Last Updated on November 17, 2021
As a new business owner, it’s a good idea to understand the different invoice payment terms that are out there before you set up your invoicing system. For example, you wouldn’t want to be sending an invoice with a due date that is too early and risk having it returned, or one with dates that are too late and have it rejected because it was overdue. This post will cover some of the most common types of invoices payment terms and look at how they work.
Payment in advance, or PIA, is an invoice term where the client pays for your service or product upfront before you provide it. Freelancers, self-employed consultants, and other independent contractors who are often paid at the beginning of a project or once they meet specific milestones use this payment term. It lets them know exactly how much money they’ll receive, even if their work takes longer than expected.
With a standard Net 7 invoice, the business receives payment within seven days of the invoice date. If you supply a service or product, this payment term means that the client would typically receive your invoice and pay it within seven days. This can vary depending on the industry and contract you have agreed with your client.
This term is used by retailers with large overheads who need time to manage their cash flow before paying. It gives them more flexibility than Net 3 or Net 5 terms, requiring payment within three or five working days.
A standard Net 10 invoice gets paid within ten working days of the invoice date. The only difference between Net 10 and other timed invoice payment terms is the time difference. Any business can use a Net 10 payment term.
With a standard Net 30 Payment Term, the business is paid 30 calendar days after the invoice date. If you must supply a service or product, this payment term means that your client would typically receive your invoice and pay it after 30 days. Businesses with large overheads which need time to manage their cash flow before paying invoices will often use this payment method.
A Net 60 payment term usually means that the due date for payment of an invoice falls 60 calendar days after the date on the invoice. When you supply a service or product, this payment term means that your client would typically receive your invoice and pay it within 60 days.
The extended time allows your clients more flexibility than Net 30 terms while still giving them enough time to manage their cash flow effectively. The most typical types of business that use Net 60 are manufacturing companies, charities, or organizations that are 100% business funded.
With a Net 90 Payment Term, the business is paid 90 calendar days after the invoice date. If you must supply a service or product, this means that your client would typically receive your invoice and pay it after 90 days.
This payment term is for businesses who need time to manage their cash flow and can offer finance options to smaller businesses so that they can handle any cash constraints while waiting for payment. Charities and public sector entities such as local authorities and government agencies often use it.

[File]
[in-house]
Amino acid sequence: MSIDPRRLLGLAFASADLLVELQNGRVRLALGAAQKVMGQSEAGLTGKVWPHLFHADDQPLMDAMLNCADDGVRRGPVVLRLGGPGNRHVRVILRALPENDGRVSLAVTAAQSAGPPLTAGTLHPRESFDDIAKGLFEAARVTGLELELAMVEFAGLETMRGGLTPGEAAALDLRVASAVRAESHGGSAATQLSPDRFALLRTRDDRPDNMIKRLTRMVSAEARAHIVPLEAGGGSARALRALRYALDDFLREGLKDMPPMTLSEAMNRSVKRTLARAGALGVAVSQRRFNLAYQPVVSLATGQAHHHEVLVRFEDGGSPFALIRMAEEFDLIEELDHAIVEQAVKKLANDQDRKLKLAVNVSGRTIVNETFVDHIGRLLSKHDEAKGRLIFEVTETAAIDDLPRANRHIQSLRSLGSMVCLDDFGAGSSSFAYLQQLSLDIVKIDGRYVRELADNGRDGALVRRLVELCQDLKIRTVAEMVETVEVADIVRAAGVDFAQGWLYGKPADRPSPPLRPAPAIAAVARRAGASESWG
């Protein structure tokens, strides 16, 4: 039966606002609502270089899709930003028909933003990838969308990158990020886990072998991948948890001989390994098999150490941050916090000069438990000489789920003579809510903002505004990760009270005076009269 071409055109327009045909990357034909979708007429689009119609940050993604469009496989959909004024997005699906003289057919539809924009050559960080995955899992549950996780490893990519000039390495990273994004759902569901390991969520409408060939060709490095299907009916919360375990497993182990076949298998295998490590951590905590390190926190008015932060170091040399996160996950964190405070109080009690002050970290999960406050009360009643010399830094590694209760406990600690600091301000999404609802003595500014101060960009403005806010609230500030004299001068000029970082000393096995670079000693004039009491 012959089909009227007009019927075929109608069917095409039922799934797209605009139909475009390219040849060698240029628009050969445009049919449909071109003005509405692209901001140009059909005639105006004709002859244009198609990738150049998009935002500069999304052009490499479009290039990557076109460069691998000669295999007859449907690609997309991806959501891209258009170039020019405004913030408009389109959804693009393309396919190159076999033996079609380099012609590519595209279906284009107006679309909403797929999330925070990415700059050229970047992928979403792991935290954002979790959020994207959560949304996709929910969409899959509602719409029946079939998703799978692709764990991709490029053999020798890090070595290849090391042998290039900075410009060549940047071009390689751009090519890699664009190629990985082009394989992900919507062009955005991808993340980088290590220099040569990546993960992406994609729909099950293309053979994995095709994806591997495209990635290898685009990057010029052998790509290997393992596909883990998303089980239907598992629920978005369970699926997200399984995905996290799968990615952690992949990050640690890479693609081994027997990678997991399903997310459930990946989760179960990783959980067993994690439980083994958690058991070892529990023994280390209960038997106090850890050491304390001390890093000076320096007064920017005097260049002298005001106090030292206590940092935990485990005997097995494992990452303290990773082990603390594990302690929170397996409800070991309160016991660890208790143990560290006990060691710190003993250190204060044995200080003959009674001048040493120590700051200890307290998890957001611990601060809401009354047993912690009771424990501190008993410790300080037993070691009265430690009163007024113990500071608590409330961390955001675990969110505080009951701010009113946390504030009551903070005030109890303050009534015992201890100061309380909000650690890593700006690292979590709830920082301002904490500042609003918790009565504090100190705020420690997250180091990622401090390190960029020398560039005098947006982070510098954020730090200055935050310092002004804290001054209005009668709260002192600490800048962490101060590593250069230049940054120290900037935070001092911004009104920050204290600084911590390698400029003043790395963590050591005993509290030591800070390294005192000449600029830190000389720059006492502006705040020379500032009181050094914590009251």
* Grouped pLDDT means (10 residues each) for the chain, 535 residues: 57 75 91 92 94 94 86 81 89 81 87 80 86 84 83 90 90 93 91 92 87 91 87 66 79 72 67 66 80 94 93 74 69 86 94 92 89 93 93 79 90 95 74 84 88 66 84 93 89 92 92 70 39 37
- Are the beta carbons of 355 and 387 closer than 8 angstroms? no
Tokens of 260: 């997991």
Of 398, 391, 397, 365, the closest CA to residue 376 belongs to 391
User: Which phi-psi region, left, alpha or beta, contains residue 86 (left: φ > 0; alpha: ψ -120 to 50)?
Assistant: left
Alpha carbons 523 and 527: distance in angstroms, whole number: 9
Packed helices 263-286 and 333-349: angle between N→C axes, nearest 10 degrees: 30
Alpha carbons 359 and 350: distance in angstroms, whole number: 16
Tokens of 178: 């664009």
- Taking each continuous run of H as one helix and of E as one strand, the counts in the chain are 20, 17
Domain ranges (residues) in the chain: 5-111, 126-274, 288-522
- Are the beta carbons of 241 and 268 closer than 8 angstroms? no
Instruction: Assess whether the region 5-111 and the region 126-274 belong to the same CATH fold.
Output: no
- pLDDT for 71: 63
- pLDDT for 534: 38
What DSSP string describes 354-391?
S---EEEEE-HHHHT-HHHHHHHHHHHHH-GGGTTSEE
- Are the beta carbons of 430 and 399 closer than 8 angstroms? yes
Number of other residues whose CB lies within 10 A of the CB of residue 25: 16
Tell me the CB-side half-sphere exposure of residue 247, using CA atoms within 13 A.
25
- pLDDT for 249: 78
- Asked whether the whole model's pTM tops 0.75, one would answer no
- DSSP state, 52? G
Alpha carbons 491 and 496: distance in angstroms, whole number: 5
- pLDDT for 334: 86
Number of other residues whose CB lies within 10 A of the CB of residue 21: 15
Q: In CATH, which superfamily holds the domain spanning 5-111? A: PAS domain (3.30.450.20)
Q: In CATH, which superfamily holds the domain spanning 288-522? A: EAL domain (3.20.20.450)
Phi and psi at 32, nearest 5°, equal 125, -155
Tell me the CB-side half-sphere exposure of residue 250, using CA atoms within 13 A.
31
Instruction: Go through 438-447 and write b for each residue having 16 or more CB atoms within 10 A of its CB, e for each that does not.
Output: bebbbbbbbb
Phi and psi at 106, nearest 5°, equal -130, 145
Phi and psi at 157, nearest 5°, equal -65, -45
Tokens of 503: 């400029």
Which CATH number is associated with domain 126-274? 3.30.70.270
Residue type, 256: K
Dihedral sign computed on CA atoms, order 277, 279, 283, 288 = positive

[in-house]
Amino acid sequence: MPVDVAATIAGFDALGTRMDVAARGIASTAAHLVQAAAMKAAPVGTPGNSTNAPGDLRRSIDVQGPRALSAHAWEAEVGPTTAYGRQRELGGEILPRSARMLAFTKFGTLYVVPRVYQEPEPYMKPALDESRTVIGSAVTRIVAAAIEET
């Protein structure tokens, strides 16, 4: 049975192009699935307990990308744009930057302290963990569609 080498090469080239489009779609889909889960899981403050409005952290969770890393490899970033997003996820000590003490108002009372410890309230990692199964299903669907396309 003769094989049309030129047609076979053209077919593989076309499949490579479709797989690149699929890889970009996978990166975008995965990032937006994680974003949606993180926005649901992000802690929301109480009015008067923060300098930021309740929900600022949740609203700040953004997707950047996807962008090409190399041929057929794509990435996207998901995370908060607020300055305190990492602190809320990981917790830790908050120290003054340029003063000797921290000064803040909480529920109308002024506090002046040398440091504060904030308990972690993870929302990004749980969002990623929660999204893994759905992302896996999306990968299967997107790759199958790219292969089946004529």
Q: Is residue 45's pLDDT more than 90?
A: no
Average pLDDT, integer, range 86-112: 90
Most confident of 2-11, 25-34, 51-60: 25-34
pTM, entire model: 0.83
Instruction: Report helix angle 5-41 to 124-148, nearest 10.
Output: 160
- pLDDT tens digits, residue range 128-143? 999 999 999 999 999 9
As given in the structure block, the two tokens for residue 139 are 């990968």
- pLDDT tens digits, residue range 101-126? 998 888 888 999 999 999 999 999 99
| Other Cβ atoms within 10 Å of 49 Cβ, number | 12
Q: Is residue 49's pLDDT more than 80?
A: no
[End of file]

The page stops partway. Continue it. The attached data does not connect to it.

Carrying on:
Businesses with longer payment terms (Net 60-90) often turn to invoice factoring to boost cash flow.
An End of Month (EOM) invoice is typically paid at the end of each month or when a contract finishes. This allows you to invoice your clients once per month rather than every two weeks, which can be more convenient for both parties. If you supply a service, the EOM payment term means that payment for this service gets collected at the end of each month.
It’s typical to use this invoice term when you’re supplying a product as well as a service. In other words, if your client contracts you to produce monthly financial statements and reports as an accountant or website content as a freelancer, it’s common practice to issue an End of Month invoice.
Finally, with a Standard 21 MFI payment term, the business is paid within 21 days of receiving your approved purchase order. With this invoice term, payment occurs once you’ve both gone through and agreed to an order before production begins. This date typically falls seven days after you issue a purchase order or once work has started on that particular project.
If you supply a service, the client will receive your invoice only after they have approved and signed off on the materials you’re providing them with. But, again, this can vary depending on the industry and contract you have agreed with your client.
Your clients can’t pay before receiving all necessary information and materials, so it’s essential to keep track of any working days lost for delivery if they don’t meet the 21 MFI payment term. Clients might try to renegotiate these terms if they don’t receive their materials on time, but a business owner should avoid this at all costs.
A Professional Payment Due (PPD) payment term varies depending on your country and your industry. In general, you can use a PPD when you work with larger companies that want to pay invoices over some time rather than paying all invoices within 14 days of receiving them.
However, the exact time allowed for a PPD can vary from 35-45 days between invoice date and due date, so ensure you find out the specifics of each contract before signing it.
As you can see, there are many different payment terms available depending on the type of industry you’re working in and the client’s company preference. So, before issuing an invoice, make sure you find out which term your clients use so they can receive your invoice promptly without unnecessary hold-ups.
Grey was previously the Director of Marketing for altLINE by The Southern Bank. With 10 years’ experience in digital marketing, content creation and small business operations, he helped businesses find the information they needed to make informed decisions about invoice factoring and A/R financing.